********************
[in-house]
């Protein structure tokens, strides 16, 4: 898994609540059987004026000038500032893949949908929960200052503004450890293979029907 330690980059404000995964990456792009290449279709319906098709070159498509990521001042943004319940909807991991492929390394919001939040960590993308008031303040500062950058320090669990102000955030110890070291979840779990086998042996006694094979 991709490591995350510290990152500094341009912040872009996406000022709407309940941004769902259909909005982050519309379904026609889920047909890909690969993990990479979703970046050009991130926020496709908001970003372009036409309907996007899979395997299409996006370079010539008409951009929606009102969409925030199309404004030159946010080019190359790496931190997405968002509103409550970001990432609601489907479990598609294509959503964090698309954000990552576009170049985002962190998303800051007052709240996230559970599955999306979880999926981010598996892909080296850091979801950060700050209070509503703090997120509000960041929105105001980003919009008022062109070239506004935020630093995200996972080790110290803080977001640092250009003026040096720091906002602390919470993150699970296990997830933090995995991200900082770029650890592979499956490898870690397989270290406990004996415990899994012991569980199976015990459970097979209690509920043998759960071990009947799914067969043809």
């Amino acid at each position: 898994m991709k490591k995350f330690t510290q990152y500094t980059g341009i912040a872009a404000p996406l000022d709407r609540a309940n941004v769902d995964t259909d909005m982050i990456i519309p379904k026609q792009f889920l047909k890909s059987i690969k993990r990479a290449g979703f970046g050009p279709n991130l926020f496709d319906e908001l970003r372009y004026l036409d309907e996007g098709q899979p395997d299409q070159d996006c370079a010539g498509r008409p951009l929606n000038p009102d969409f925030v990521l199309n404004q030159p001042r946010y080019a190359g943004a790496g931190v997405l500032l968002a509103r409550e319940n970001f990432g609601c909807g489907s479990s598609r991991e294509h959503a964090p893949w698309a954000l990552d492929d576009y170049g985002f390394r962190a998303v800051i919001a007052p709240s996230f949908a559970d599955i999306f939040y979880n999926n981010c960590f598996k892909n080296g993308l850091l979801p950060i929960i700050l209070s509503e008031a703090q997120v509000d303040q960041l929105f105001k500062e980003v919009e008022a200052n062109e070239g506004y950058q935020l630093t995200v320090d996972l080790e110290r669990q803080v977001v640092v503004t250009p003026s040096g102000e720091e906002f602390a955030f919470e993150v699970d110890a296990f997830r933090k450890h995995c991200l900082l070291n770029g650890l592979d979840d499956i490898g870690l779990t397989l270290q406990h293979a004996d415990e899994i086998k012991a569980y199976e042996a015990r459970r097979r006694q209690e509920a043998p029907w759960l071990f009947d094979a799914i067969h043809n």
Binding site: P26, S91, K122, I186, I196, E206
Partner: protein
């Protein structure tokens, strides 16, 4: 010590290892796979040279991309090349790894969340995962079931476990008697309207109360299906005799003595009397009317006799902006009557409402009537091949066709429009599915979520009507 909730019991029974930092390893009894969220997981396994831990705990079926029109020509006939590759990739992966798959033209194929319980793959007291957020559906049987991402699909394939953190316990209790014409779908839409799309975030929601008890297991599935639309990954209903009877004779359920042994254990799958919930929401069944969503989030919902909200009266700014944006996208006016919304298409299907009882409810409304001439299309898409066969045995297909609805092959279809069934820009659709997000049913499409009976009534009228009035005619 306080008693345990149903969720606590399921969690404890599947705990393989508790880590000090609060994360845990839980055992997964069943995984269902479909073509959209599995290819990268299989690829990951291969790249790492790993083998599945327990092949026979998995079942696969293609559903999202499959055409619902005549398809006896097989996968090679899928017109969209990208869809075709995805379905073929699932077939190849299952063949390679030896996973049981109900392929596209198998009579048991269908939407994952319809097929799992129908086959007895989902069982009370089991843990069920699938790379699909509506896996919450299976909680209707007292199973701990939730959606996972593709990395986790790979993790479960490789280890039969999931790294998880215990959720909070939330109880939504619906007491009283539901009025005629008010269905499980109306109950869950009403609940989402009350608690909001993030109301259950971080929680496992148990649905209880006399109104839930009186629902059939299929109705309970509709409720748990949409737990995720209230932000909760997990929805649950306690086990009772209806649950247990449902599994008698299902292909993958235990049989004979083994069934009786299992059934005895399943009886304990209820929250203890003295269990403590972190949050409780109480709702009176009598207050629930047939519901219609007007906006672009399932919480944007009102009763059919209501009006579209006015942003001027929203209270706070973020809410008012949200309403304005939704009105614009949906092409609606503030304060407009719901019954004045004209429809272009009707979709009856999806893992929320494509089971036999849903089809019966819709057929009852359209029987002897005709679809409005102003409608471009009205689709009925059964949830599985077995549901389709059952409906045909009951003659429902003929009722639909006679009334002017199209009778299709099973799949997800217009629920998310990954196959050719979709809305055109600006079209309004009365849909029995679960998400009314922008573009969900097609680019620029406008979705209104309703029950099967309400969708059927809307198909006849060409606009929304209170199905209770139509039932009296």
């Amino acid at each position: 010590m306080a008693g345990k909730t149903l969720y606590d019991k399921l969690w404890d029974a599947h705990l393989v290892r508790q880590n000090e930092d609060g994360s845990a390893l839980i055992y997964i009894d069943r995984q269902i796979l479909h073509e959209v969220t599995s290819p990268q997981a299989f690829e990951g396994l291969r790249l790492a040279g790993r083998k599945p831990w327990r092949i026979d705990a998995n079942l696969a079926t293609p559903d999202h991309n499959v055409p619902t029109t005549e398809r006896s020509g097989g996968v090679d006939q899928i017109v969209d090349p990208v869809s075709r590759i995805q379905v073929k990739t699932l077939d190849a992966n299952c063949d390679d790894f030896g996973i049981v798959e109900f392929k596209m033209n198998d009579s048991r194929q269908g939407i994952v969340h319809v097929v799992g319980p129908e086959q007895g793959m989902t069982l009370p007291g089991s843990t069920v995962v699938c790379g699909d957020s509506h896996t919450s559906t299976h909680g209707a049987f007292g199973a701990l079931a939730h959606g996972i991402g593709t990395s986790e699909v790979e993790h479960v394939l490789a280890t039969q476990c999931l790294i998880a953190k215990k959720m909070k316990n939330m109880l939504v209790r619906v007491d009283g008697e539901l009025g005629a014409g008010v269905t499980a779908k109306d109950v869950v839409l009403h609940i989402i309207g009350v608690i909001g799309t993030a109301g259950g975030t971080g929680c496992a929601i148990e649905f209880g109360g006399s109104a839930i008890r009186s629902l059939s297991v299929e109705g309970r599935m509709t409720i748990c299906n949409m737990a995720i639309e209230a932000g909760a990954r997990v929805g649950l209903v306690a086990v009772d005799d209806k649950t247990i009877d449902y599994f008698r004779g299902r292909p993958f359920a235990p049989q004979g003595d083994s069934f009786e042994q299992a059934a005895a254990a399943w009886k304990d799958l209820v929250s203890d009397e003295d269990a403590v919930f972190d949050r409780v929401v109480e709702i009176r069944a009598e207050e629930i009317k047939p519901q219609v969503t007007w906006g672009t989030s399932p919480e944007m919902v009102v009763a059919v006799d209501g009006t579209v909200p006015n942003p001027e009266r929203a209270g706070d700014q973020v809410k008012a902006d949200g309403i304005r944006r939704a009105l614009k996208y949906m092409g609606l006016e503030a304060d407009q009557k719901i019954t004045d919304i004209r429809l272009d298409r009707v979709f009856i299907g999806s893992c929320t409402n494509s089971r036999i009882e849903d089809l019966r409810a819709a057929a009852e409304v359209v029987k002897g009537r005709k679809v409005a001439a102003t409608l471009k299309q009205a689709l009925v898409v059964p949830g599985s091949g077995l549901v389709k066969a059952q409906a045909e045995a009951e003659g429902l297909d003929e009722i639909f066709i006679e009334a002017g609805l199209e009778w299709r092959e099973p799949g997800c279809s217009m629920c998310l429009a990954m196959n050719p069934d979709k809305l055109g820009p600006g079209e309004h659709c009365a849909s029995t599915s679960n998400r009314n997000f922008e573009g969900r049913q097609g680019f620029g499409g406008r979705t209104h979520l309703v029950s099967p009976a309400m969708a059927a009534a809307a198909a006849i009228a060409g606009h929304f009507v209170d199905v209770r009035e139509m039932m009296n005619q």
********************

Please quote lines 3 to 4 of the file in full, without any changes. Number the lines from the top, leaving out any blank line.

């Amino acid at each position: 898994m991709k490591k995350f330690t510290q990152y500094t980059g341009i912040a872009a404000p996406l000022d709407r609540a309940n941004v769902d995964t259909d909005m982050i990456i519309p379904k026609q792009f889920l047909k890909s059987i690969k993990r990479a290449g979703f970046g050009p279709n991130l926020f496709d319906e908001l970003r372009y004026l036409d309907e996007g098709q899979p395997d299409q070159d996006c370079a010539g498509r008409p951009l929606n000038p009102d969409f925030v990521l199309n404004q030159p001042r946010y080019a190359g943004a790496g931190v997405l500032l968002a509103r409550e319940n970001f990432g609601c909807g489907s479990s598609r991991e294509h959503a964090p893949w698309a954000l990552d492929d576009y170049g985002f390394r962190a998303v800051i919001a007052p709240s996230f949908a559970d599955i999306f939040y979880n999926n981010c960590f598996k892909n080296g993308l850091l979801p950060i929960i700050l209070s509503e008031a703090q997120v509000d303040q960041l929105f105001k500062e980003v919009e008022a200052n062109e070239g506004y950058q935020l630093t995200v320090d996972l080790e110290r669990q803080v977001v640092v503004t250009p003026s040096g102000e720091e906002f602390a955030f919470e993150v699970d110890a296990f997830r933090k450890h995995c991200l900082l070291n770029g650890l592979d979840d499956i490898g870690l779990t397989l270290q406990h293979a004996d415990e899994i086998k012991a569980y199976e042996a015990r459970r097979r006694q209690e509920a043998p029907w759960l071990f009947d094979a799914i067969h043809n």
Binding site: P26, S91, K122, I186, I196, E206